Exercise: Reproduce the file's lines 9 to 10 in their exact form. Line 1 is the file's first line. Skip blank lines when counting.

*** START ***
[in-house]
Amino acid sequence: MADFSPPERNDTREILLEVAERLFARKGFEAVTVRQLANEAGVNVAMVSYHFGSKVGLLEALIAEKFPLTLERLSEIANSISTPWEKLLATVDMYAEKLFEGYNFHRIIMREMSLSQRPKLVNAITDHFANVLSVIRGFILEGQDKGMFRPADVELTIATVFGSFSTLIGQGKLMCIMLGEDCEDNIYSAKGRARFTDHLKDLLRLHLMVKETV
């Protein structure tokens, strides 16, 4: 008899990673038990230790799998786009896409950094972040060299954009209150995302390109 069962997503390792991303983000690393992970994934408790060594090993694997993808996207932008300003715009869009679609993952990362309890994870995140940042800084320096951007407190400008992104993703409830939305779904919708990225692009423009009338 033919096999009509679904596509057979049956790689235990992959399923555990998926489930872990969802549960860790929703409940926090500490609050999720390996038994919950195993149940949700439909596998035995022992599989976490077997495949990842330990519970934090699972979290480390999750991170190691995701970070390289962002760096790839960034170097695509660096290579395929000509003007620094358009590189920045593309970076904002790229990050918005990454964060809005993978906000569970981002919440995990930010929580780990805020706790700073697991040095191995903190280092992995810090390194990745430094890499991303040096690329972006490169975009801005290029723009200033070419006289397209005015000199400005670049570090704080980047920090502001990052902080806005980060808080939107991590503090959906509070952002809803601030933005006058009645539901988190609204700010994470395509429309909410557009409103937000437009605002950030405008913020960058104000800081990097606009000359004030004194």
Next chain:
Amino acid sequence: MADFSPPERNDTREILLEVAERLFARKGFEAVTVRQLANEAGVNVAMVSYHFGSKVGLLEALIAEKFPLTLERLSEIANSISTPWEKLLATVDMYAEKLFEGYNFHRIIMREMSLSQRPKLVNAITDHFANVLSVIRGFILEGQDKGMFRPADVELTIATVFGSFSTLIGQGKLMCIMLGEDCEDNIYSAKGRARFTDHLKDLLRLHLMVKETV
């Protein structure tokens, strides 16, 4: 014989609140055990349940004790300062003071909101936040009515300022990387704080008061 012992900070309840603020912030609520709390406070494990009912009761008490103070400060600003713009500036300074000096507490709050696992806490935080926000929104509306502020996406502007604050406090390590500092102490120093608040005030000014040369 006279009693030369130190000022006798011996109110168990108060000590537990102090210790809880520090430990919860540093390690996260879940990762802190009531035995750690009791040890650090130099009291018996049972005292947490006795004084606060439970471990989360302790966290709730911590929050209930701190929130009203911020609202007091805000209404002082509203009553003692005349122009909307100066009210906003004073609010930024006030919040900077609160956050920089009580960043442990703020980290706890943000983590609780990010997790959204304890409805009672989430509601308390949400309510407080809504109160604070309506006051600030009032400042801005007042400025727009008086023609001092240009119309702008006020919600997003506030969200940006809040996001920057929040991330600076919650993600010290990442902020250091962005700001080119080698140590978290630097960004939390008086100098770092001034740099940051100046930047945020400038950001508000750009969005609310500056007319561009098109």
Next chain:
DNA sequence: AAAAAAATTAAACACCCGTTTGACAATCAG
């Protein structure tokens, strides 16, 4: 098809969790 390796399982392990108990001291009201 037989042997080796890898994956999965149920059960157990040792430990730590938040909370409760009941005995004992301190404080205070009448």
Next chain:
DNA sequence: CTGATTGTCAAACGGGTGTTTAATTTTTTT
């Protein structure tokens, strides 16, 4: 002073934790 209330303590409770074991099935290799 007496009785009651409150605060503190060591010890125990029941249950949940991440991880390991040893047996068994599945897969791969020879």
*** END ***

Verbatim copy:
């Protein structure tokens, strides 16, 4: 098809969790 390796399982392990108990001291009201 037989042997080796890898994956999965149920059960157990040792430990730590938040909370409760009941005995004992301190404080205070009448």
Next chain: